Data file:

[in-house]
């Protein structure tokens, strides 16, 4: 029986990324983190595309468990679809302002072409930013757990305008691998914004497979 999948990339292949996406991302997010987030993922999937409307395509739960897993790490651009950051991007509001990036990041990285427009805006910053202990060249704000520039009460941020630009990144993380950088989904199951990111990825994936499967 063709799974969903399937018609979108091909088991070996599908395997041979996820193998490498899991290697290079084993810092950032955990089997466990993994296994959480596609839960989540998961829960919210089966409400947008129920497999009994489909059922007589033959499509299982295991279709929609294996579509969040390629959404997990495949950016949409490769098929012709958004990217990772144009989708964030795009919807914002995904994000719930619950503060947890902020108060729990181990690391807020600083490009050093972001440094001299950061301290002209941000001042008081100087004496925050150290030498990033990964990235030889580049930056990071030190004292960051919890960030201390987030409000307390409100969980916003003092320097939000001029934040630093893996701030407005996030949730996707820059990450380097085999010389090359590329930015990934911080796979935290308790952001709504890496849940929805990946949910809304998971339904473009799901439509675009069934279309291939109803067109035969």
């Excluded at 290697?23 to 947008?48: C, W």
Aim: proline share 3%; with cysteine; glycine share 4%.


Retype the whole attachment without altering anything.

[in-house]
């Protein structure tokens, strides 16, 4: 029986990324983190595309468990679809302002072409930013757990305008691998914004497979 999948990339292949996406991302997010987030993922999937409307395509739960897993790490651009950051991007509001990036990041990285427009805006910053202990060249704000520039009460941020630009990144993380950088989904199951990111990825994936499967 063709799974969903399937018609979108091909088991070996599908395997041979996820193998490498899991290697290079084993810092950032955990089997466990993994296994959480596609839960989540998961829960919210089966409400947008129920497999009994489909059922007589033959499509299982295991279709929609294996579509969040390629959404997990495949950016949409490769098929012709958004990217990772144009989708964030795009919807914002995904994000719930619950503060947890902020108060729990181990690391807020600083490009050093972001440094001299950061301290002209941000001042008081100087004496925050150290030498990033990964990235030889580049930056990071030190004292960051919890960030201390987030409000307390409100969980916003003092320097939000001029934040630093893996701030407005996030949730996707820059990450380097085999010389090359590329930015990934911080796979935290308790952001709504890496849940929805990946949910809304998971339904473009799901439509675009069934279309291939109803067109035969």
């Excluded at 290697?23 to 947008?48: C, W």
Aim: proline share 3%; with cysteine; glycine share 4%.